There’s a special place reserved in my digital heart for the classic arcades like Tempest and Asteroids, and ironically it’s because of the flawless analog goodness of their vector-based displays. I still boot up a Tempest emulator for the Dreamcast from time to time, though while it remains fun to play, it just has no soul on a standard CRT.
There was a post on MAKE a couple months ago about a guy named James Brown who hacked a driver for MAME that displays on an oscilloscope via a soundcard’s analog output. Unfortunately, aside from photos, videos and a Gizmodo interview, I don’t believe drivers or a howto ever turned up for this.
I spoke with the Google about this subject today, and I came across the VectorMAME and the Zector Vector Generator (ZVG):
There were more than 30 vector based games made in the 80’s. To acquire a collection that includes all these games would be a monumental feat. Just to find that many vector monitors alone would be no easy task, not to mention the cost! Vector based arcade monitors haven’t been made in 20+ years, and you can’t simply use one vector monitor for all these games. Each monitor has different specs and runs at different speeds, making them incompatible between different gaming hardware. The hardware was unique for most of these games, making Multigame conversion kits difficult to design. And good luck finding an Aztarac, Sundance, 4-Player Eliminator, or one of our namesake, a Zektor cabinet! Some games are rare enough that even lots of money can’t get you one!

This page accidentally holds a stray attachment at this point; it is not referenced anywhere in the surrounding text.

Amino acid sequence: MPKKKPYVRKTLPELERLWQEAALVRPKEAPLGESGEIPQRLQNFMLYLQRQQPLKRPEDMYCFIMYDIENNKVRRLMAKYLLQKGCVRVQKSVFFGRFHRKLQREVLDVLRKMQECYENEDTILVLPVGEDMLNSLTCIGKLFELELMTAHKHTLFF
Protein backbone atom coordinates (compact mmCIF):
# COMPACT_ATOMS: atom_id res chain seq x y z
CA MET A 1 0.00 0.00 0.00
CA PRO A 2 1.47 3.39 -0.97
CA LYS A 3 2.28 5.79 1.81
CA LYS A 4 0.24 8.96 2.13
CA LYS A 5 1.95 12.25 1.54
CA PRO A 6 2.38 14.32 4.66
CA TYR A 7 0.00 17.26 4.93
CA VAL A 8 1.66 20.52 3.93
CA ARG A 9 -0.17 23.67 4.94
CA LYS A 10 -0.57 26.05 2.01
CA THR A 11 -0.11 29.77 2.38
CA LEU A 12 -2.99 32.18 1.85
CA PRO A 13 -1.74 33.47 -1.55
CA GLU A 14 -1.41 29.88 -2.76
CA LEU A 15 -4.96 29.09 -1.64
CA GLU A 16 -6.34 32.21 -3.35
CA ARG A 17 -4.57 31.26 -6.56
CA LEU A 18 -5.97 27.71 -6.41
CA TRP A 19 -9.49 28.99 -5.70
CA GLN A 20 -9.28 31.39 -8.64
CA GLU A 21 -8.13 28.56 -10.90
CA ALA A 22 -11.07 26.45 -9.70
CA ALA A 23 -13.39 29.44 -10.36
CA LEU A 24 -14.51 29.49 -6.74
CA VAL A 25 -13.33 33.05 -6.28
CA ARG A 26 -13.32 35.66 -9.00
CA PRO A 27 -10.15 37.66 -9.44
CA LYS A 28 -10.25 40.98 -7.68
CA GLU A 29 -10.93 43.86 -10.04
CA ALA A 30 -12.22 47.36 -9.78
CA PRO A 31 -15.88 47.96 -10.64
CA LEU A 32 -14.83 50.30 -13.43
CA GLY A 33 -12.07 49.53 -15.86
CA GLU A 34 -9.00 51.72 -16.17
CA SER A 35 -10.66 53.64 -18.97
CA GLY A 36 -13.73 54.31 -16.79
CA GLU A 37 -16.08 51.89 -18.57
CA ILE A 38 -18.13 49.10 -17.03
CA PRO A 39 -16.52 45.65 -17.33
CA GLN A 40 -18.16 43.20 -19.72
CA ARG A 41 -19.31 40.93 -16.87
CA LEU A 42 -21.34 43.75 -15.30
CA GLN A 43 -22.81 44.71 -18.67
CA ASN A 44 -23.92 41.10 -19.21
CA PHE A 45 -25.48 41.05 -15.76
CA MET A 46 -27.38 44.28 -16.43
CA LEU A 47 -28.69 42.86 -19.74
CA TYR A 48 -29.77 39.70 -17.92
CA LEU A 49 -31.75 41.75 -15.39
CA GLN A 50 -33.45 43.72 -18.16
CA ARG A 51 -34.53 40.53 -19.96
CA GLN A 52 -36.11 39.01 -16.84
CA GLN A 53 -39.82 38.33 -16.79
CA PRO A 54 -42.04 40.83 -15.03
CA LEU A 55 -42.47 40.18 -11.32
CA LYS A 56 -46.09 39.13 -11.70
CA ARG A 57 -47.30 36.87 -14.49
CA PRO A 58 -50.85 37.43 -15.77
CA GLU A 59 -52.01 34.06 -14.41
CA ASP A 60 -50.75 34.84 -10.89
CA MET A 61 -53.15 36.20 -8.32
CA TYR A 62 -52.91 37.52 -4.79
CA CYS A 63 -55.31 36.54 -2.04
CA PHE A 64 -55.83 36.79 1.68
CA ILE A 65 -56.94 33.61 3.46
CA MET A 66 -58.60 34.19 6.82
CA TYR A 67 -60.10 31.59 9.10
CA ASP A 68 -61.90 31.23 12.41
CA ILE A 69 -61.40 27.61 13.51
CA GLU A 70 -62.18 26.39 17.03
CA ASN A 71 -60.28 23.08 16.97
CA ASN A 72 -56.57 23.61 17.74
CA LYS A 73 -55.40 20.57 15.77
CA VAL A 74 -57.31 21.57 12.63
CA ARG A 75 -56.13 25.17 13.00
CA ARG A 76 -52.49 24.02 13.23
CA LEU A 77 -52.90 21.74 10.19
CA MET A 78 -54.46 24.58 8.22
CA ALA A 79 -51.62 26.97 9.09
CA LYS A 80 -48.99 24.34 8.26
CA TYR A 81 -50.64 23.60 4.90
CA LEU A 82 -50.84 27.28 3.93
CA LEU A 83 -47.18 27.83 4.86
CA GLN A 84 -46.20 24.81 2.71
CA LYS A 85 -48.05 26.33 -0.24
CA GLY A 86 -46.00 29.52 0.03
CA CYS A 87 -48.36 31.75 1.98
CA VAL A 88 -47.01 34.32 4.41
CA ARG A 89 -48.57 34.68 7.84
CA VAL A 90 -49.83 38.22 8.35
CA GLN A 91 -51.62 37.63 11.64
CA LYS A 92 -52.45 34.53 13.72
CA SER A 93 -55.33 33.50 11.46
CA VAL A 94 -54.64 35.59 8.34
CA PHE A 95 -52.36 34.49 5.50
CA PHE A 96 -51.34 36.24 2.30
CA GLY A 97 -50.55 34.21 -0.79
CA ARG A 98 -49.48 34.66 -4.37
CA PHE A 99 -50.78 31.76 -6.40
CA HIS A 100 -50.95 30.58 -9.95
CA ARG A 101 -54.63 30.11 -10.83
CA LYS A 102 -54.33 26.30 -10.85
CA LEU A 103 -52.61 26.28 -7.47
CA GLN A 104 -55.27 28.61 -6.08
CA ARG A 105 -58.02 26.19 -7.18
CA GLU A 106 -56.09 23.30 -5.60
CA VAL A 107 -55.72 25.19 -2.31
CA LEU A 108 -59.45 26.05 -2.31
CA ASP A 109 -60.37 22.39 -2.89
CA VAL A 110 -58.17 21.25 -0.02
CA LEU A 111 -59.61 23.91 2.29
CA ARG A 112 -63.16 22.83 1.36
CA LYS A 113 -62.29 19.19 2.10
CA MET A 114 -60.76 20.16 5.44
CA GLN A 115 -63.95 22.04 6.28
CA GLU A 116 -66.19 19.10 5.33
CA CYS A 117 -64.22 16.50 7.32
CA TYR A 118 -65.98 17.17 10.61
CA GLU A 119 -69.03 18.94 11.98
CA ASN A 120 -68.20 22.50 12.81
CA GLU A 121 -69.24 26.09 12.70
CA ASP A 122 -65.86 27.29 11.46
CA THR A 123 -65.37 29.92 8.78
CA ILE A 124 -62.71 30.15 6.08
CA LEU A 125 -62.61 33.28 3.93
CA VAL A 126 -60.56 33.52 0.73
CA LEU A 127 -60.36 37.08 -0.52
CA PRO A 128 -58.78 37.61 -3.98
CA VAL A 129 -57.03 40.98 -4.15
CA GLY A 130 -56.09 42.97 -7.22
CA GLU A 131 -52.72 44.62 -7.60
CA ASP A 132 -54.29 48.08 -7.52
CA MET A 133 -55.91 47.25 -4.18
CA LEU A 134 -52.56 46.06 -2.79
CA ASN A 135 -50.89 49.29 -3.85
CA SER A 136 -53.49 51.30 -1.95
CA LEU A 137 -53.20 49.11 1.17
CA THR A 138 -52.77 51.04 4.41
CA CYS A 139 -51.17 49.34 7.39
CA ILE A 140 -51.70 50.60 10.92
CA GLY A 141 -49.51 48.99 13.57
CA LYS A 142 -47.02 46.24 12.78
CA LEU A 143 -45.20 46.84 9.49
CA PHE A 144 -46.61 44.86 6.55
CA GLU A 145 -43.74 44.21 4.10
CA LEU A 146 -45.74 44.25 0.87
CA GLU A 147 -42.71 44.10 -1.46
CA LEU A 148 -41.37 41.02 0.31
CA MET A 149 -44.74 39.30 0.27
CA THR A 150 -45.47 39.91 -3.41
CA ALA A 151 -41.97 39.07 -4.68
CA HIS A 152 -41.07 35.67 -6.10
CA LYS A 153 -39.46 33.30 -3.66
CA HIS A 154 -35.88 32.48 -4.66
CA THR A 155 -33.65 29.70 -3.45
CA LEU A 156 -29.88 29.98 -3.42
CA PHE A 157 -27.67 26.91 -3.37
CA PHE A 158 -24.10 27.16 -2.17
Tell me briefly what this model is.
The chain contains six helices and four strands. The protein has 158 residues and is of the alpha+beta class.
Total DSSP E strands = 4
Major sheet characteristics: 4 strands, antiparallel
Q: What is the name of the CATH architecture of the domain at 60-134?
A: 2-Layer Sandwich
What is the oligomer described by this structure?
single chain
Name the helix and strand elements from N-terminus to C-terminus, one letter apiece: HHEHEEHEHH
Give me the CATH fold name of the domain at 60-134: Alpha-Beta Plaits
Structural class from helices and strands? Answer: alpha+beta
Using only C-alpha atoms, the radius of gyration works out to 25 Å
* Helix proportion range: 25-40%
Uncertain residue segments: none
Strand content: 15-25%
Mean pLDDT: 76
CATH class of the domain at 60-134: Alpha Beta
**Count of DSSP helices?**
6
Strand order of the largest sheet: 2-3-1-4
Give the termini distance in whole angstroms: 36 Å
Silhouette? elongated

After collecting vector games for years, the realization that you can never have them all sank in, and we looked for an alternative. Why not build a Vector Generator that would somehow attach to a standard PC and run all the games supported by an emulator, such as MAME, on a single vector monitor? It would be kind of a 30+ Vector Multigame!
The ZVG connects to your PC via parallel port, and Zector claims it is able to drive most old analog vector monitors that you are able to obtain. It’s even able to drive an oscilloscope in X/Y mode. VectorMAME provides the ZVG drivers for DosMAME, which would allow you to put together a MAME cabinet that will play all of the old vector games on a real X/Y monitor. The hardware will set you back a couple hundred bucks, but it appears that this might be the only way to play some of your old favorites in all their glory.
Does anyone know if soundcard-oscilloscope drivers ever became available? It’s not as fun as a full 19-inch monitor, but I’m surprised that this hack hasn’t been released or recreated at this point.